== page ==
Three days ago, on Friday, April 15, 2022, three U.S. Senators and five Representatives proposed the Mamas First Act to address maternal mortality. The bill expands Medicaid to include doula, midwifery, and tribal midwifery services for Medicaid recipients.
Senator Booker, who also proposed the MOMMIES Act which sought to expand Medicaid eligibility to a year postpartum, issued a statement saying “[t]he United States is facing a maternal mortality crisis that disproportionately impacts Black and Indigenous communities…” He and the other senators and representatives view this bill as a means of addressing that disparity and expanding access to these services that, in the words of Senator Warren, are ‘powerfully important.”
According to the CDC, Medicaid covers about 42% of births across the United States. In general, Black, American Indian, and Alaska Native women are two to three times more likely to die from childbirth related causes than white women. For women this rate goes up with Black and Alaska Native women dying from pregnancy-related deaths at four to five times the rate of white women. These disparities vary from state to state and are tracked by multiple organizations connected with the CDC. If you want more information on maternal mortality in your state, each state has a Maternal Mortality Review Committee which may have a website or contact to reach out to. Go here to find the MMRC for your state.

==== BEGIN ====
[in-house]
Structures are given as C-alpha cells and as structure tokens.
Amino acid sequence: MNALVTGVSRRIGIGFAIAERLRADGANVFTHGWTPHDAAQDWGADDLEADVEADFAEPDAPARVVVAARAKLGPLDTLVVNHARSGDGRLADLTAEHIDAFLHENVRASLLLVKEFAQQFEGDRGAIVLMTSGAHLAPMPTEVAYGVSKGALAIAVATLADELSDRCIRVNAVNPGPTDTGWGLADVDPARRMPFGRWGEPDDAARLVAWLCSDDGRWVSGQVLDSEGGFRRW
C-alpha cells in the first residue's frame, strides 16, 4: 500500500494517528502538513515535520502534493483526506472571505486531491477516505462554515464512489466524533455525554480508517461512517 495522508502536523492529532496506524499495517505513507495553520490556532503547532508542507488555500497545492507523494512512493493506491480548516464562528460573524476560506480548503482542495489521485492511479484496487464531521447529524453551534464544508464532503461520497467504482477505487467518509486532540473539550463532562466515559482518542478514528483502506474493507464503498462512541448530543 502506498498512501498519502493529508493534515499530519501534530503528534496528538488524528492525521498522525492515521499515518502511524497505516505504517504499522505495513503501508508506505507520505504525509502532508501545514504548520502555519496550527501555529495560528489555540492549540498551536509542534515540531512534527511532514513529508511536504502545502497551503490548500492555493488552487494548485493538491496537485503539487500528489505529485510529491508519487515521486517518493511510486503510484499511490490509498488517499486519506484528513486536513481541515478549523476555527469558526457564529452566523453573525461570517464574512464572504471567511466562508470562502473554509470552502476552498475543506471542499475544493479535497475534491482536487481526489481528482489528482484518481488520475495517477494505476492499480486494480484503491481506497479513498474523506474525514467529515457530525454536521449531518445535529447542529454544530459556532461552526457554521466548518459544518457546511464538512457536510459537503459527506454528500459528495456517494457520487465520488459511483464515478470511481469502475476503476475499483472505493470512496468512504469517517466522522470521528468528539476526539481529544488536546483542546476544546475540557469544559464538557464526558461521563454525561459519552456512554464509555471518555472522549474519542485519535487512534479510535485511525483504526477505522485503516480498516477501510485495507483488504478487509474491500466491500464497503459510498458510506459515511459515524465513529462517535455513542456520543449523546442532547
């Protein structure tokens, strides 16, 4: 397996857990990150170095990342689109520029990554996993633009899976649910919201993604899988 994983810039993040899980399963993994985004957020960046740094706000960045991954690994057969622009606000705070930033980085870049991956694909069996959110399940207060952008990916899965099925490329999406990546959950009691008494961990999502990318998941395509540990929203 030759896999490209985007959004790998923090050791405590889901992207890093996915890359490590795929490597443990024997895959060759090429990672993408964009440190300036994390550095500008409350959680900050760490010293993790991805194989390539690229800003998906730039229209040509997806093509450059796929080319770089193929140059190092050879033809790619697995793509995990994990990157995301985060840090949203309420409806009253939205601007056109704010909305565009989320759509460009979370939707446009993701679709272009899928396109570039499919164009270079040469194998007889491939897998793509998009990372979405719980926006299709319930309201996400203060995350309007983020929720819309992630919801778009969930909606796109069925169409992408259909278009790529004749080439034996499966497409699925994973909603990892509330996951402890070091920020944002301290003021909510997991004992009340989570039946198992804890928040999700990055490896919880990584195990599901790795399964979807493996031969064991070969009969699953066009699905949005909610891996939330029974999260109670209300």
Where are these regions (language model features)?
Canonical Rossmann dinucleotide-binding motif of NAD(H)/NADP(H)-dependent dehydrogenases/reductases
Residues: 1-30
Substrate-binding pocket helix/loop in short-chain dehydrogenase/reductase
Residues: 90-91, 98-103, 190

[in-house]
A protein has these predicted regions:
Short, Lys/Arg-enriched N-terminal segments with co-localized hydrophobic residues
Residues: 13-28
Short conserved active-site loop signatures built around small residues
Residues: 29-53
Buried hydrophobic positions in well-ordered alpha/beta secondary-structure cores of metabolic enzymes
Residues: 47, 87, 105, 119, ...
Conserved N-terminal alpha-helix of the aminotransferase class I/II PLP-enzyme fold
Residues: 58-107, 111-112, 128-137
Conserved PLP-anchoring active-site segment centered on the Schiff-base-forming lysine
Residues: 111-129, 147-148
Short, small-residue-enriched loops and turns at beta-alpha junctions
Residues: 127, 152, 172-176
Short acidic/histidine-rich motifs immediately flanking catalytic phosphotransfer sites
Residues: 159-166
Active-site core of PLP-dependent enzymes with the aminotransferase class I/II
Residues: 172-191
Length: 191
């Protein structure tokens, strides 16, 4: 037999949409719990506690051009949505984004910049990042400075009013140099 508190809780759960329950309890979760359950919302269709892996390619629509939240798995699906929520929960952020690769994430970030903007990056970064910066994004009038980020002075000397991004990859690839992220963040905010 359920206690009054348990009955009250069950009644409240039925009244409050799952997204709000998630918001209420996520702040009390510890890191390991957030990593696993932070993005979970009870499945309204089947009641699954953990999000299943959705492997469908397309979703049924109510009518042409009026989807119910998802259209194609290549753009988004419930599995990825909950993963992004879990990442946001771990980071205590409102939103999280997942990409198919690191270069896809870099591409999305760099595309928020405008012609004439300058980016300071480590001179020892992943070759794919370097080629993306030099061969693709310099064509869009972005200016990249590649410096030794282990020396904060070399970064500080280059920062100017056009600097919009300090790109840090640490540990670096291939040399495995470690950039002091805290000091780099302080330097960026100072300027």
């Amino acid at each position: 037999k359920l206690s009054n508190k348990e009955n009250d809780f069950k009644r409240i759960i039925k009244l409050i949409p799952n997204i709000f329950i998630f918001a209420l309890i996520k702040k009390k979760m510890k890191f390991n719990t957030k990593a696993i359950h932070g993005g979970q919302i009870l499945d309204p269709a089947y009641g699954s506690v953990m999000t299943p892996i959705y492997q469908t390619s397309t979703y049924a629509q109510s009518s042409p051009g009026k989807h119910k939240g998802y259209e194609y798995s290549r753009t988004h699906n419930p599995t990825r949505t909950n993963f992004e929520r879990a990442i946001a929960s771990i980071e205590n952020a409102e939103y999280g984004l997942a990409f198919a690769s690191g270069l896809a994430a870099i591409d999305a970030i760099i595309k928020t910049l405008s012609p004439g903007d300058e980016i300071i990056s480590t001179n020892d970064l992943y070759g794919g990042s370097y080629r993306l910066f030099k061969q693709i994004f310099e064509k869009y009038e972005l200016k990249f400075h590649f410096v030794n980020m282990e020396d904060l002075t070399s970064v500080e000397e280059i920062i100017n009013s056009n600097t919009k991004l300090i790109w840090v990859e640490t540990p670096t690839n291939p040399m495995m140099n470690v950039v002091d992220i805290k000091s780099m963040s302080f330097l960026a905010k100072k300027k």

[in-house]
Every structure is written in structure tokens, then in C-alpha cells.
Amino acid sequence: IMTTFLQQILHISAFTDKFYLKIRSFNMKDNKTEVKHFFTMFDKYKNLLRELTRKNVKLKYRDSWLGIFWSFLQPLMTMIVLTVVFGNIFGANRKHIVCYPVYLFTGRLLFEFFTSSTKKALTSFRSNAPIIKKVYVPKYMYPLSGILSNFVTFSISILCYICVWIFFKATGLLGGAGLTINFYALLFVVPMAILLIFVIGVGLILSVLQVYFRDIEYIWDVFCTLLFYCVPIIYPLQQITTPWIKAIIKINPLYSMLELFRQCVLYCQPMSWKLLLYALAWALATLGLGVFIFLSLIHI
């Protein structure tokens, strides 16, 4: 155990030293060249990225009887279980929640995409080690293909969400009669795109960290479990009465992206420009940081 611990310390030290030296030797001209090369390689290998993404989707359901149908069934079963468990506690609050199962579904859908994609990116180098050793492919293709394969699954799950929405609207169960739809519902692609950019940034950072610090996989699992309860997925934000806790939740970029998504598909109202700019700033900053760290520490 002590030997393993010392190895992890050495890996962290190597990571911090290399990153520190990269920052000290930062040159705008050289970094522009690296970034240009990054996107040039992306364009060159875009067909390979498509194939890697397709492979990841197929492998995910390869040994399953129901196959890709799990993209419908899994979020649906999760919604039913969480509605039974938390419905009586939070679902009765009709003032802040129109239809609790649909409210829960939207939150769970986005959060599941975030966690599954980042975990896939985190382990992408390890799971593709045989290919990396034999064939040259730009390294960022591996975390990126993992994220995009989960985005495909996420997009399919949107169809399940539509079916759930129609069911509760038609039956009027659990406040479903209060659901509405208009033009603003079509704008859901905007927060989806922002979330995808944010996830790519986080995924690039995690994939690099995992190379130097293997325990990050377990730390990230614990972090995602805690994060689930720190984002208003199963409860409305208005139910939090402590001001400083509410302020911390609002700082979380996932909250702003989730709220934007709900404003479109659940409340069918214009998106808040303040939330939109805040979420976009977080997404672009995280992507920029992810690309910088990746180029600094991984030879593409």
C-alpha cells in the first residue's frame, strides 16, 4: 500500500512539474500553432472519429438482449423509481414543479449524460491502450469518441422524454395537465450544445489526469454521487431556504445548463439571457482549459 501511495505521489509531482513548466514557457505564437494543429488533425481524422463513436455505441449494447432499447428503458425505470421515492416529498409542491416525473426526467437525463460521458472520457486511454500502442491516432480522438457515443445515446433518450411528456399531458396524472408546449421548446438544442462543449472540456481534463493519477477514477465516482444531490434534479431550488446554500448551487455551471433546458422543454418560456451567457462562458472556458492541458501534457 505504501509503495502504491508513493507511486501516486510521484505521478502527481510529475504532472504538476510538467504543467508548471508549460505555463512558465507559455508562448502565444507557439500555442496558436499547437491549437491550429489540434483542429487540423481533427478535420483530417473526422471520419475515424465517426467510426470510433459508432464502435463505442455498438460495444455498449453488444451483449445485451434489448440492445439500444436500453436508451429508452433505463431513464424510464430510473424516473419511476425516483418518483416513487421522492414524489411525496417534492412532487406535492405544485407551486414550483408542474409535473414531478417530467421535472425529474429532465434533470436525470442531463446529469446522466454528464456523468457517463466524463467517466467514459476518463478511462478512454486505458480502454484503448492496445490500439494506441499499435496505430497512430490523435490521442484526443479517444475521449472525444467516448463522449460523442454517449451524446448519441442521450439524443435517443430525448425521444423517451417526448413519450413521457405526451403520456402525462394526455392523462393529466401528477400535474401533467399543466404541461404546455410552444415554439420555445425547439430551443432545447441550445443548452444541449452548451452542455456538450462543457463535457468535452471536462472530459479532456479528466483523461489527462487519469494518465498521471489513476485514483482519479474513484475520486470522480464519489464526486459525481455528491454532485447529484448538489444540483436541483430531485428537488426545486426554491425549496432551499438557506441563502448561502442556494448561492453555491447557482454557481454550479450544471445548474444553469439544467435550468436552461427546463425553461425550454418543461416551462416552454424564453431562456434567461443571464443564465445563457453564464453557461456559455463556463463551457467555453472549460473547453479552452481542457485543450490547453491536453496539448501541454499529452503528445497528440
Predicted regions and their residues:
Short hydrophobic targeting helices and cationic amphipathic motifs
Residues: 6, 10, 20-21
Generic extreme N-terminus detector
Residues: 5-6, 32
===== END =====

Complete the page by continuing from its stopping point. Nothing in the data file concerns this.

The bill makes changes to and adds to Medicaid coverage of doula, midwifery, and tribal midwifery services. Related to doulas, the bill defines as doulas as someone who:
- has completed 60 hours of foundational training.
- is certified by an organization that (a) has been established for at least five years and (b) requires continuing education.
- maintains certification by completing continuing education.
Ultimately, the bill requires coverage of doula and midwifery services provided to Medicaid recipients, and in theory, would require all states to reimburse for doula services provided under Medicaid.
There is, however, an exception for states where State legislation would be necessary to come into compliance with such a requirement. Given the current state of legislation and regulation on doula medicaid reimbursement, it is unclear whether this exception applies to states which do not recognize doulas at all, states that recognize but do not regulate or reimburse doulas, or for states that provide Medicaid reimbursement for doulas but have a different definition of “doula.”